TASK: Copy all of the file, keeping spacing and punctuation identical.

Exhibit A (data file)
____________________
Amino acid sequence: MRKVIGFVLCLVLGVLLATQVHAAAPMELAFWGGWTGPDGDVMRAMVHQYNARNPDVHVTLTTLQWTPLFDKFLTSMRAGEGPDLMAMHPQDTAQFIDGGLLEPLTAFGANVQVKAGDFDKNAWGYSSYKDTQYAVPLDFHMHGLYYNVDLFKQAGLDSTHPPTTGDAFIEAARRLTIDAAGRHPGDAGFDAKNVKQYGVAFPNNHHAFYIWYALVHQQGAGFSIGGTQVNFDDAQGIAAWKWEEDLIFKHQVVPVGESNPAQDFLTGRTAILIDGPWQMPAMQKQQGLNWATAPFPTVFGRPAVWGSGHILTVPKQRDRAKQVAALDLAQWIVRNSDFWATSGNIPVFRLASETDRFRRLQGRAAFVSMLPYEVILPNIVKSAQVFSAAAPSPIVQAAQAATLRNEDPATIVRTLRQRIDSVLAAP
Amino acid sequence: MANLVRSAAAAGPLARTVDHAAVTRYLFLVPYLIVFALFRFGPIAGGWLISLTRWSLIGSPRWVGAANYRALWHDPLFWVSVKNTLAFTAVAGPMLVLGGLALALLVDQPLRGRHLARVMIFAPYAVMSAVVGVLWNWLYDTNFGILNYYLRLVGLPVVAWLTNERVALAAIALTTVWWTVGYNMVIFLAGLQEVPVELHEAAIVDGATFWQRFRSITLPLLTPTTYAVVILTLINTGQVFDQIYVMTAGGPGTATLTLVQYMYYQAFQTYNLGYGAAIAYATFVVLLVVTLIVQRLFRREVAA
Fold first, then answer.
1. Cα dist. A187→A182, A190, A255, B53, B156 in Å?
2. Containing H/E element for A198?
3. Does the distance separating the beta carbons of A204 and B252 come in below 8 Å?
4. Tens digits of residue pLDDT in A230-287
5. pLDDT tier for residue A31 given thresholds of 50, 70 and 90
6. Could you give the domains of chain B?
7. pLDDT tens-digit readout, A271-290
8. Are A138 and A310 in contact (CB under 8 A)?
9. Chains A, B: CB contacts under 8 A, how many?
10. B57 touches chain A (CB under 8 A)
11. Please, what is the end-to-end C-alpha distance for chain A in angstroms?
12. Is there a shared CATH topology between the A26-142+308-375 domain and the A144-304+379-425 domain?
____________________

Amino acid sequence: MRKVIGFVLCLVLGVLLATQVHAAAPMELAFWGGWTGPDGDVMRAMVHQYNARNPDVHVTLTTLQWTPLFDKFLTSMRAGEGPDLMAMHPQDTAQFIDGGLLEPLTAFGANVQVKAGDFDKNAWGYSSYKDTQYAVPLDFHMHGLYYNVDLFKQAGLDSTHPPTTGDAFIEAARRLTIDAAGRHPGDAGFDAKNVKQYGVAFPNNHHAFYIWYALVHQQGAGFSIGGTQVNFDDAQGIAAWKWEEDLIFKHQVVPVGESNPAQDFLTGRTAILIDGPWQMPAMQKQQGLNWATAPFPTVFGRPAVWGSGHILTVPKQRDRAKQVAALDLAQWIVRNSDFWATSGNIPVFRLASETDRFRRLQGRAAFVSMLPYEVILPNIVKSAQVFSAAAPSPIVQAAQAATLRNEDPATIVRTLRQRIDSVLAAP
Amino acid sequence: MANLVRSAAAAGPLARTVDHAAVTRYLFLVPYLIVFALFRFGPIAGGWLISLTRWSLIGSPRWVGAANYRALWHDPLFWVSVKNTLAFTAVAGPMLVLGGLALALLVDQPLRGRHLARVMIFAPYAVMSAVVGVLWNWLYDTNFGILNYYLRLVGLPVVAWLTNERVALAAIALTTVWWTVGYNMVIFLAGLQEVPVELHEAAIVDGATFWQRFRSITLPLLTPTTYAVVILTLINTGQVFDQIYVMTAGGPGTATLTLVQYMYYQAFQTYNLGYGAAIAYATFVVLLVVTLIVQRLFRREVAA
Fold first, then answer.
1. Cα dist. A187→A182, A190, A255, B53, B156 in Å?
2. Containing H/E element for A198?
3. Does the distance separating the beta carbons of A204 and B252 come in below 8 Å?
4. Tens digits of residue pLDDT in A230-287
5. pLDDT tier for residue A31 given thresholds of 50, 70 and 90
6. Could you give the domains of chain B?
7. pLDDT tens-digit readout, A271-290
8. Are A138 and A310 in contact (CB under 8 A)?
9. Chains A, B: CB contacts under 8 A, how many?
10. B57 touches chain A (CB under 8 A)
11. Please, what is the end-to-end C-alpha distance for chain A in angstroms?
12. Is there a shared CATH topology between the A26-142+308-375 domain and the A144-304+379-425 domain?